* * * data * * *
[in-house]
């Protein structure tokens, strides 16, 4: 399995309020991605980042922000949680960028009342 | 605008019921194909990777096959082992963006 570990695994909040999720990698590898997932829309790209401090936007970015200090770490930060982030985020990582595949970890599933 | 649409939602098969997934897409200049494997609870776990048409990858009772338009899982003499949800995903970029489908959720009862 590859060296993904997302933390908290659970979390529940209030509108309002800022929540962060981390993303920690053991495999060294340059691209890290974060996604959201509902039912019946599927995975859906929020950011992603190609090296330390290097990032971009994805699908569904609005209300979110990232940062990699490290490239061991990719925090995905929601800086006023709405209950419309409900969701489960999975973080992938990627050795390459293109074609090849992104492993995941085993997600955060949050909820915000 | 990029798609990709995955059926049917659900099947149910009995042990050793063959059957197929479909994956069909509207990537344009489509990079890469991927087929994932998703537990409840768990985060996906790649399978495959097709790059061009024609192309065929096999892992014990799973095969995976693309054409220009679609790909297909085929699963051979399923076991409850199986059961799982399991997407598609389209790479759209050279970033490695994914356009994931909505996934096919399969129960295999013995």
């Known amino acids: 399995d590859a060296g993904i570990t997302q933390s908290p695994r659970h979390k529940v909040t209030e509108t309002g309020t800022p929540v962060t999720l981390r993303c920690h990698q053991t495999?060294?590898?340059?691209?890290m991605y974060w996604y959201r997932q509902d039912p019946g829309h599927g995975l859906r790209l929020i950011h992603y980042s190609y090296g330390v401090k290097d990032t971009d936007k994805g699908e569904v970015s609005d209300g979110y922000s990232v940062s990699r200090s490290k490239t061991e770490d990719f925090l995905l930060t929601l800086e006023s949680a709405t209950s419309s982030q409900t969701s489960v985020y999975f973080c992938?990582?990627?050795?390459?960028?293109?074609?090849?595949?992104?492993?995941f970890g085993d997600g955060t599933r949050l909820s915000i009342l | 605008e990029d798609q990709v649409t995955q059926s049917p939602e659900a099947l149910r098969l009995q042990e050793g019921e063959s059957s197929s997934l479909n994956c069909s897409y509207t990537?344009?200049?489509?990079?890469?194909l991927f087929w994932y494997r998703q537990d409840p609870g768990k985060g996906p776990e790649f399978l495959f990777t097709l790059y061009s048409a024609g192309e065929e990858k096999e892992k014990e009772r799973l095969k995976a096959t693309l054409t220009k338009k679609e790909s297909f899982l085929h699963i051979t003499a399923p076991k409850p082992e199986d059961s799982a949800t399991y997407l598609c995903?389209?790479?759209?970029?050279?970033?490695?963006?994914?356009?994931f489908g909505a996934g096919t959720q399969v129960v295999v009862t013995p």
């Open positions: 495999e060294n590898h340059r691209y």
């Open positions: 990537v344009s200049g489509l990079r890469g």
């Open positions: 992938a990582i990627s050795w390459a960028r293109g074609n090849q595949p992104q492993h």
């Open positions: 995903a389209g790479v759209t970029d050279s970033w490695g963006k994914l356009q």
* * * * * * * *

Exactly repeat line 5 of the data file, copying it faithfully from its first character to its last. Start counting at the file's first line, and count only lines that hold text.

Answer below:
């Open positions: 990537v344009s200049g489509l990079r890469g």